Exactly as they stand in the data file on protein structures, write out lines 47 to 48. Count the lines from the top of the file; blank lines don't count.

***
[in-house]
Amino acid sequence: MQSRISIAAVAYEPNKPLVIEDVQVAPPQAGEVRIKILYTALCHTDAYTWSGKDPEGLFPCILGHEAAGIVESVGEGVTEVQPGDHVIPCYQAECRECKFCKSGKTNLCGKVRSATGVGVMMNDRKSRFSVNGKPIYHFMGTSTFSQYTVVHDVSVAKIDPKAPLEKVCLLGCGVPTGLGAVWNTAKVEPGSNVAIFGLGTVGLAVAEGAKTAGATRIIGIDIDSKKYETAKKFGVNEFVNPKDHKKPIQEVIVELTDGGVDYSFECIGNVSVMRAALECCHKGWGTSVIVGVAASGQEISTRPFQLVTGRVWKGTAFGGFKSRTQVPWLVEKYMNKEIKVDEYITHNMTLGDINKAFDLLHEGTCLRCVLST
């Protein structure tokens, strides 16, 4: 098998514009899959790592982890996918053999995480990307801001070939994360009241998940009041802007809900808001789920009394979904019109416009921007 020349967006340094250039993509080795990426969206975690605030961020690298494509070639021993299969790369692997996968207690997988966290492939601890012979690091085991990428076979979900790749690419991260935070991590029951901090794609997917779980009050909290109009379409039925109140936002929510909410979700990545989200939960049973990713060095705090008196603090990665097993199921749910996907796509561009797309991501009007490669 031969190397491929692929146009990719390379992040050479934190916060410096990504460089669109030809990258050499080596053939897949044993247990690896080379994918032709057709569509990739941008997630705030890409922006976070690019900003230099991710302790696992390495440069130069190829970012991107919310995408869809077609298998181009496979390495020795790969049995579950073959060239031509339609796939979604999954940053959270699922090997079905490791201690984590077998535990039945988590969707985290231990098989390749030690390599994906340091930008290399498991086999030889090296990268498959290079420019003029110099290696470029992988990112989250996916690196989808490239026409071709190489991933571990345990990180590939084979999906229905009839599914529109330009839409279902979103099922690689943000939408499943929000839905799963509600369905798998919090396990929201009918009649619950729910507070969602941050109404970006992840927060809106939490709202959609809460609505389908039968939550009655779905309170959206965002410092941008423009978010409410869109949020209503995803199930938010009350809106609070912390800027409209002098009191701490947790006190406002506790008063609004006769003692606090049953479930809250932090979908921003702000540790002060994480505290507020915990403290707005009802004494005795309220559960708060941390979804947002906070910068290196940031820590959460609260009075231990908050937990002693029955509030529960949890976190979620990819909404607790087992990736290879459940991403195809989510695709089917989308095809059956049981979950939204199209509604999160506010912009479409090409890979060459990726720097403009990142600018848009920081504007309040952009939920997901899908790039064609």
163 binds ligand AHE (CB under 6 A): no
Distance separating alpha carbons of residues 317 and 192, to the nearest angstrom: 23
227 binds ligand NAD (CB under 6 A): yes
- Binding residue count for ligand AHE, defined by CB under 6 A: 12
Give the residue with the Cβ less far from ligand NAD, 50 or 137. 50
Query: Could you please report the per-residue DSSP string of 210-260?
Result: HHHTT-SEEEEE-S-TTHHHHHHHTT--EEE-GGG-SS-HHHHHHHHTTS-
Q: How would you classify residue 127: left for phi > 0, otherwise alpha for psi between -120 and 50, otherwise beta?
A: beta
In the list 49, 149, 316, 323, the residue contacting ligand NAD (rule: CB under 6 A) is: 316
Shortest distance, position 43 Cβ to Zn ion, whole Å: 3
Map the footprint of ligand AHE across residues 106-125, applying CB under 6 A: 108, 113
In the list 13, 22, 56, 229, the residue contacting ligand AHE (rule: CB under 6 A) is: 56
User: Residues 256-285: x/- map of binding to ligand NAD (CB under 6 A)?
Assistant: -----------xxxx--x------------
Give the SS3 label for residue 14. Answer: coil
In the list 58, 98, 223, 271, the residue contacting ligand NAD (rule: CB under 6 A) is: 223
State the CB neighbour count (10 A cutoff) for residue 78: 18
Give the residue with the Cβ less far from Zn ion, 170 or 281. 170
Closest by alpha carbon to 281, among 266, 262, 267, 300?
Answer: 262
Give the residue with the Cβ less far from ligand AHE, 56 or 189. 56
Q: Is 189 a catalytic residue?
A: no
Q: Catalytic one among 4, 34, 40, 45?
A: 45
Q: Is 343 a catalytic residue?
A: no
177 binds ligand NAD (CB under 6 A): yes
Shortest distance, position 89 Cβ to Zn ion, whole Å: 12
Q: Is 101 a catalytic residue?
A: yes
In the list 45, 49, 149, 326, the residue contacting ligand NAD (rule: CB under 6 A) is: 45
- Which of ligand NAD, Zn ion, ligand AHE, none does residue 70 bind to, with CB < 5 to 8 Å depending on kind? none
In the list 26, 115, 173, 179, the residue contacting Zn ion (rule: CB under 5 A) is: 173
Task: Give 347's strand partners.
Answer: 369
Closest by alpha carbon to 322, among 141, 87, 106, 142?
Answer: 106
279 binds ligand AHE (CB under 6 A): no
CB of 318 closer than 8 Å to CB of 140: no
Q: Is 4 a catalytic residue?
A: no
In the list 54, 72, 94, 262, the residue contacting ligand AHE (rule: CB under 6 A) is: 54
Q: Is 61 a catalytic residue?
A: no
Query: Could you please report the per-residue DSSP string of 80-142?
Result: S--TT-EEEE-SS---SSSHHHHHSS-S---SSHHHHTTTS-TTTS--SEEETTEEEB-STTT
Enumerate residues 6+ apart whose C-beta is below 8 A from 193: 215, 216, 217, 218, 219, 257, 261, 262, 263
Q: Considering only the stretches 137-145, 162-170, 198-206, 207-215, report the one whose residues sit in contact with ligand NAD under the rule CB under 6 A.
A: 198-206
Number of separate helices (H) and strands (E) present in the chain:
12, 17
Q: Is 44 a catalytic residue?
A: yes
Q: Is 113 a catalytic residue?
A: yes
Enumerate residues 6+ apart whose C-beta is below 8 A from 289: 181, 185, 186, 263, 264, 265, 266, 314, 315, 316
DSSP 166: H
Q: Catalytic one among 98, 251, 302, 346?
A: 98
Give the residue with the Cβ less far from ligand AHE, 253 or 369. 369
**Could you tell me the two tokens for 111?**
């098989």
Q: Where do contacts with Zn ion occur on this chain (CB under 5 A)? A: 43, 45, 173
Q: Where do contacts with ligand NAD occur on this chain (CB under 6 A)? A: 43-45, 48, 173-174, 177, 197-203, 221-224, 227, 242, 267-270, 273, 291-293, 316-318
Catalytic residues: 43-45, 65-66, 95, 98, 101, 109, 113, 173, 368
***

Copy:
In the list 54, 72, 94, 262, the residue contacting ligand AHE (rule: CB under 6 A) is: 54
Q: Is 61 a catalytic residue?